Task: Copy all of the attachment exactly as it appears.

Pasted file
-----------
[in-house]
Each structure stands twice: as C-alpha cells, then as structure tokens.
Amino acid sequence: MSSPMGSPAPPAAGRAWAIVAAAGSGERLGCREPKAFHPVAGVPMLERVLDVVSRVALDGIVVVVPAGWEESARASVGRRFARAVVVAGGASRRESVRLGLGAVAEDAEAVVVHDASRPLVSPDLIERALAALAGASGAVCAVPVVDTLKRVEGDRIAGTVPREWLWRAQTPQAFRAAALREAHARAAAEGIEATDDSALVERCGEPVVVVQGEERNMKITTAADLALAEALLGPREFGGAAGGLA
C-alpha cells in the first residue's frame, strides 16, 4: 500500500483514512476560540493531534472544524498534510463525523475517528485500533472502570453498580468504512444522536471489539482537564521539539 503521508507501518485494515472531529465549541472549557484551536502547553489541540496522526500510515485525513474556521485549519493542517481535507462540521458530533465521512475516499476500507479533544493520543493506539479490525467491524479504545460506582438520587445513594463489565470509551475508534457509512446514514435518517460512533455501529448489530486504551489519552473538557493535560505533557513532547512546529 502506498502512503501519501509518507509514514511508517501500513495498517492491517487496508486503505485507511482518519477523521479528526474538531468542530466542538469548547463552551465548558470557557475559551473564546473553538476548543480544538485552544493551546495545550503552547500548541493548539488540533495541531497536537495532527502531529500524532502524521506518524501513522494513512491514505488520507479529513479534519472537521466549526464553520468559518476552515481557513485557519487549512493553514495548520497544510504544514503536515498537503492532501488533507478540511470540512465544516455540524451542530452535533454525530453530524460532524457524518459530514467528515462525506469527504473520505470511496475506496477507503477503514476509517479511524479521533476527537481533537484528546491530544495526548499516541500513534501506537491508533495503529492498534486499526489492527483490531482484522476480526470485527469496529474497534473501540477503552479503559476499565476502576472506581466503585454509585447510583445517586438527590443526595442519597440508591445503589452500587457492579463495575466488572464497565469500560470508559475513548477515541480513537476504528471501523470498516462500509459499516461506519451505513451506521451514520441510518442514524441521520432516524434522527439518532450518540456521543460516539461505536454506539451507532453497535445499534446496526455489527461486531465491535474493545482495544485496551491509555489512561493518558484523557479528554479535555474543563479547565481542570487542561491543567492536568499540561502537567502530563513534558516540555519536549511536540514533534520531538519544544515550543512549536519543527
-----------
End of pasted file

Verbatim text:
[in-house]
Each structure stands twice: as C-alpha cells, then as structure tokens.
Amino acid sequence: MSSPMGSPAPPAAGRAWAIVAAAGSGERLGCREPKAFHPVAGVPMLERVLDVVSRVALDGIVVVVPAGWEESARASVGRRFARAVVVAGGASRRESVRLGLGAVAEDAEAVVVHDASRPLVSPDLIERALAALAGASGAVCAVPVVDTLKRVEGDRIAGTVPREWLWRAQTPQAFRAAALREAHARAAAEGIEATDDSALVERCGEPVVVVQGEERNMKITTAADLALAEALLGPREFGGAAGGLA
C-alpha cells in the first residue's frame, strides 16, 4: 500500500483514512476560540493531534472544524498534510463525523475517528485500533472502570453498580468504512444522536471489539482537564521539539 503521508507501518485494515472531529465549541472549557484551536502547553489541540496522526500510515485525513474556521485549519493542517481535507462540521458530533465521512475516499476500507479533544493520543493506539479490525467491524479504545460506582438520587445513594463489565470509551475508534457509512446514514435518517460512533455501529448489530486504551489519552473538557493535560505533557513532547512546529 502506498502512503501519501509518507509514514511508517501500513495498517492491517487496508486503505485507511482518519477523521479528526474538531468542530466542538469548547463552551465548558470557557475559551473564546473553538476548543480544538485552544493551546495545550503552547500548541493548539488540533495541531497536537495532527502531529500524532502524521506518524501513522494513512491514505488520507479529513479534519472537521466549526464553520468559518476552515481557513485557519487549512493553514495548520497544510504544514503536515498537503492532501488533507478540511470540512465544516455540524451542530452535533454525530453530524460532524457524518459530514467528515462525506469527504473520505470511496475506496477507503477503514476509517479511524479521533476527537481533537484528546491530544495526548499516541500513534501506537491508533495503529492498534486499526489492527483490531482484522476480526470485527469496529474497534473501540477503552479503559476499565476502576472506581466503585454509585447510583445517586438527590443526595442519597440508591445503589452500587457492579463495575466488572464497565469500560470508559475513548477515541480513537476504528471501523470498516462500509459499516461506519451505513451506521451514520441510518442514524441521520432516524434522527439518532450518540456521543460516539461505536454506539451507532453497535445499534446496526455489527461486531465491535474493545482495544485496551491509555489512561493518558484523557479528554479535555474543563479547565481542570487542561491543567492536568499540561502537567502530563513534558516540555519536549511536540514533534520531538519544544515550543512549536519543527